Roasting Decaffeinated Guatemala SHB Swiss Water

Hii everyone, I’m struggling trying that this decaffeinated Guatemala Primavera SHB Swiss Water doesn’t have a tomato flavor !!

Can someone give me some advice? I have tried these 3 profiles but they all turn out the same, I try a light / medium roast.

Taste like tomato soup…

Also, I think these grains started to break when I was with D9, has it happened to someone else?

Ok so this may be nonsense for decaf, with which I have no experience at all, but for what it’s worth…

Tomato soup flavors sound to me like the beans could be under developed and/or under roasted. All of the roasts have a pretty low drop temperature around 206C, and pretty low weight loss in the 12% range. Those values might work for some beans, but tomato soup sounds like they don’t work for this bean.

TC108 looks like the best curve to start fine tuning. The first half of the roast looks reasonable, but the RoR went flat around 6:00 to 7:00. How about extending the P8 interval to gain a little more momentum, then eliminate the last fan increase and stick with F6, and shoot for a drop temperature closer to 210C with maybe mid-13% weight loss? You’ll probably need a little more time post-FC to achieve this, so you’ll get a little more development.

Please let us know what you end up trying next, and how it works!


I will try today, thanks for your answer !!!

It is the first time that I roast decaf, I think it lacks development but I think that the bean is very close to the second crack, because some beans are already a bit oily, even that the temperature shows underdevelopment, also after reading, I’m extremely careful to don’t burn the beans.

I’ve had reasonable success with decaf. We use it as after dinner flat whites with an espresso blend but I roast SO’s for neighbors who love them compared with what they purchase. The beans tend to have less moisture and moisture loss from roasting. They stale quicker leading to a cardboard like taste. I wonder if that is what you are tasting rather than tomato. Below is my latest roast of espresso blend. It follows my SO Honduras and Guatemala roasts pretty well. I think what you are tasting is mostly from your beans and not your roasting. Get them as fresh as possible and store them vacuum sealed if possible.


I have been studying decaf roasting online as a particular interest of mine over the last days and found a nice resource on youtube via Mill City Roasters. A gal named Lauren does a 4 part series of videos that are each about 20 minutes long. Decaf beans are a bit more delicate than your typical beans. She approaches decaf with lighter temps in comparison to typical coffee. She also does a phase at the beginning that allows the beans to “soak” which is a prolonging of the drying phase but without power (gas, in her case) before getting to FC and the development time after FC is key as well. I’m sure you can find the 4-part series and I think it may have practical knowledge that will help you significantly; at least I hope it does!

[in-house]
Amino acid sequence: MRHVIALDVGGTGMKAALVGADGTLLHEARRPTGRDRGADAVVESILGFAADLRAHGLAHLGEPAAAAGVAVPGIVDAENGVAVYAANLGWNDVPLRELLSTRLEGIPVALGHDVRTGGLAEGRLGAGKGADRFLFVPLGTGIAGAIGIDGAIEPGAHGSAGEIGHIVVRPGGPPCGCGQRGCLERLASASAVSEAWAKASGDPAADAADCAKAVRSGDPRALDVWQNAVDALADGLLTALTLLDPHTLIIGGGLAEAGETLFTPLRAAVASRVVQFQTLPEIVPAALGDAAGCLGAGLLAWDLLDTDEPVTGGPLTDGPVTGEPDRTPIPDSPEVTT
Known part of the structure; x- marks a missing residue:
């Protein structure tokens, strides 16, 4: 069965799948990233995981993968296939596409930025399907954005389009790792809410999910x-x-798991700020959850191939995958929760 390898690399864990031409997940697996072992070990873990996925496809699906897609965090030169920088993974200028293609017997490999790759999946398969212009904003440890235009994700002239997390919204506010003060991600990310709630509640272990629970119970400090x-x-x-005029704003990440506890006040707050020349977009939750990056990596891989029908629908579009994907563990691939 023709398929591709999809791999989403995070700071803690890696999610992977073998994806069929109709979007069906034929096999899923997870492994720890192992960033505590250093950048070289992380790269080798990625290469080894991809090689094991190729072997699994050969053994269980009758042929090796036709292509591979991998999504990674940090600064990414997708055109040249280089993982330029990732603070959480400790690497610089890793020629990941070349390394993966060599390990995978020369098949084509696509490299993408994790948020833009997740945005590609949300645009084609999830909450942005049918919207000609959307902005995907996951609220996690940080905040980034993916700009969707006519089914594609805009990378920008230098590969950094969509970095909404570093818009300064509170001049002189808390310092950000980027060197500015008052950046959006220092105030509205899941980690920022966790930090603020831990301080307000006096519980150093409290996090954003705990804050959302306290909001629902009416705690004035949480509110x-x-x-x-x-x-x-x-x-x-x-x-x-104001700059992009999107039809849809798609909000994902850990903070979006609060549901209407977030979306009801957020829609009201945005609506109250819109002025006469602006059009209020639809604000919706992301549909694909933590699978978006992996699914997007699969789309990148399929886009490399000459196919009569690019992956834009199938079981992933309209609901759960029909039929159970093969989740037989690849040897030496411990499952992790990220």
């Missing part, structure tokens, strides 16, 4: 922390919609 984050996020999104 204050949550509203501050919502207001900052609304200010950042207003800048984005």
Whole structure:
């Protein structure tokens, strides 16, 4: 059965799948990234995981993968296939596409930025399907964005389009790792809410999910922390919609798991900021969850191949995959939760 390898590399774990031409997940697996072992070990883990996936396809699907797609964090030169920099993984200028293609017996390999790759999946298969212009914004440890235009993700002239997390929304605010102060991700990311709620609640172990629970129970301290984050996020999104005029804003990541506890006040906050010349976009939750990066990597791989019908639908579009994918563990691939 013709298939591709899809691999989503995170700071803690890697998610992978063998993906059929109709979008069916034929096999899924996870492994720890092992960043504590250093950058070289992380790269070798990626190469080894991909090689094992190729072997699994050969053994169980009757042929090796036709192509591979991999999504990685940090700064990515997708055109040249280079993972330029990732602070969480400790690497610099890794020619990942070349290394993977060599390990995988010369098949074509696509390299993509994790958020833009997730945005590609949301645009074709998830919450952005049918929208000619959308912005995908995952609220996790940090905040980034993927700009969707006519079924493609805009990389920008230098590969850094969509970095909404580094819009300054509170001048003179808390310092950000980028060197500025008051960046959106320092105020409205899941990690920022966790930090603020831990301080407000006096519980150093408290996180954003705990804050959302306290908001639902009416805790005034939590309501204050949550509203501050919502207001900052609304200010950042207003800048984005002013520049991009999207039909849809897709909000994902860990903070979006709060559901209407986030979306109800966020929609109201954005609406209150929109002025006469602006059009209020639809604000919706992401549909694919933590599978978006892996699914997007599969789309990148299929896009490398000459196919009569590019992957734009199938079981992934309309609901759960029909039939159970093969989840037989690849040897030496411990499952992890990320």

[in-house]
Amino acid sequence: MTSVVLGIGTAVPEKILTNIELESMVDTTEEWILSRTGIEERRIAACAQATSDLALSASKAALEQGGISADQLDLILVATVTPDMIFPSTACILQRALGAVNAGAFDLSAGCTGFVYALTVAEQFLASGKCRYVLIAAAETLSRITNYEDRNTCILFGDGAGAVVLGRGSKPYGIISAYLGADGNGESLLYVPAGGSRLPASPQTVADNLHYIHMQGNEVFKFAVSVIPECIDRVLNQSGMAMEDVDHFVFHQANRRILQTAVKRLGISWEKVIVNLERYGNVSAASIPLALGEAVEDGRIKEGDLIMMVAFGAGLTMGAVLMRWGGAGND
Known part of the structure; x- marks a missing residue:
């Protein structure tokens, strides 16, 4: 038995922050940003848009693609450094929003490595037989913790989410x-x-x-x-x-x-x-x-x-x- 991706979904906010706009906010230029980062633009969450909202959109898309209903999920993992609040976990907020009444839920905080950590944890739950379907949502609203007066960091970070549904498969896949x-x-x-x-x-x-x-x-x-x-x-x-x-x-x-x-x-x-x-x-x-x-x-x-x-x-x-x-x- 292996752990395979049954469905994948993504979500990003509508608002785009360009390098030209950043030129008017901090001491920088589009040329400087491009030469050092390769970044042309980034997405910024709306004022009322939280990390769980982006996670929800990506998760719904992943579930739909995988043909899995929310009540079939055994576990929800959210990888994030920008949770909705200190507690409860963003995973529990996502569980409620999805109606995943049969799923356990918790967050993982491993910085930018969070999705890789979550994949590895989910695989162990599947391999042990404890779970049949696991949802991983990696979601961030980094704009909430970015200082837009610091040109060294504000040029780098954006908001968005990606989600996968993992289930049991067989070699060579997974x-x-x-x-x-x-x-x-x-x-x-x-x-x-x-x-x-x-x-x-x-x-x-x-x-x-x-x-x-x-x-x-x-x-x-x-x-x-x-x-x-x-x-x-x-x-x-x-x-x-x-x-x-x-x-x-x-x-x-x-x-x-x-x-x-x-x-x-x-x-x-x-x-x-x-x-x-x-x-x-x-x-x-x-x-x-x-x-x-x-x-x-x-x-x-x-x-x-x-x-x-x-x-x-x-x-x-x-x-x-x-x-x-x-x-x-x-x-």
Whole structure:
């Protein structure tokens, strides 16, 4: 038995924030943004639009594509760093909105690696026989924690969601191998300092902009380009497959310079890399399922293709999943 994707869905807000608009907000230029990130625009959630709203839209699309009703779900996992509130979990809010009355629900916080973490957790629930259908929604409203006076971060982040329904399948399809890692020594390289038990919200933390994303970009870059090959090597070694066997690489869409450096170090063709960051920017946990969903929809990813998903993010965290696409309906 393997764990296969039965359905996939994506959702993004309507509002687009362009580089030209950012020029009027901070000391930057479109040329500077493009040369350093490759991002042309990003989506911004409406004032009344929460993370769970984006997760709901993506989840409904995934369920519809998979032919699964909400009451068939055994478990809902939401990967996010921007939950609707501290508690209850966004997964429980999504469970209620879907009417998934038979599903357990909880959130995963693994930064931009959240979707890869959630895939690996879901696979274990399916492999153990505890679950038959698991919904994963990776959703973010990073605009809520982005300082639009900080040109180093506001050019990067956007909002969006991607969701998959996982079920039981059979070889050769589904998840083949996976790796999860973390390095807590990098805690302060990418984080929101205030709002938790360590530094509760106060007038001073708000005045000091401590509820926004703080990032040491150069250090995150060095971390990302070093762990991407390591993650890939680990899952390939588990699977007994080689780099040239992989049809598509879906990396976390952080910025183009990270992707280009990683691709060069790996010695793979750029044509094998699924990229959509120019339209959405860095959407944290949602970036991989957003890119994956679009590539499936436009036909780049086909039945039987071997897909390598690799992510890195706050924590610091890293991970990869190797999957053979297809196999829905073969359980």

In my opinion…

1/ the roasts are all taking too long… particularly the Maillard phase. I find if this is extended too much, the tastes become so complex and muddled, it tastes like, well, for me, it’s ONION soup.
The analogy is like mixing all your colours, red, blue, green, yellow… and you get ONION SOUP.

2/ the roast is taking too long overall. I would use 275 PH ad give a 1 minute p2 soak, as suggested above, but then go to p8 and start from there. Your roast should be done sooner, and not have an overly “sophisticated” mishmash of tastes.

Here’s an 800g decaf roast that came out pretty well…

I wonder if the beans were not fresh!?

Hello everyone, since I published this thread, this decaf has become one of the best profiles I have developed, I am already roasting my second bag, very proud of what I can get from this coffee.

It is interesting that I have many clients who buy this decaf for the taste even though they usually drink regular coffee.

I got many feedbacks and very usefull info here, thanks to everyone!! :slight_smile:

Last developed profile


Mr. Childs,
Ar you building your own blends for these decafs? If so, are you blending before roasting or after roasting?

I hadn’t really thought about it before: does the decaf process change the density of the beans which would give greater flexibility for blending for roasting purposes?

Good questions Bill.

I tend to roast my decaf beans the same way regardless of whether its a single origin or a pre-roast self made mixed blend.

I’ve noticed less need to modify by origin, density or moisture content. There is certainly a lot less weight loss after a roast. My opinion is the decaf process results in beans that are more alike. I generally only use SWP beans. Even a high grown Ethiopian behaves much like a Brazilian but there are exceptions where I see a pre 1C bump or a faster than desired ramp up to 1C.

I don’t roast decaf that often and gift a lot of it to neighbors who kindly cat sit when we are away but those are my observations.

Good information,
Thank you Sir!

@Miguel thank you for sharing this. I think the link to the profile is broken. I would love to check out the profile. Can you please repost the link.

I removed the /my/ part of the url and I think it worked.
Try this link: Roast World - Cup, grade and analyze your roasts in depth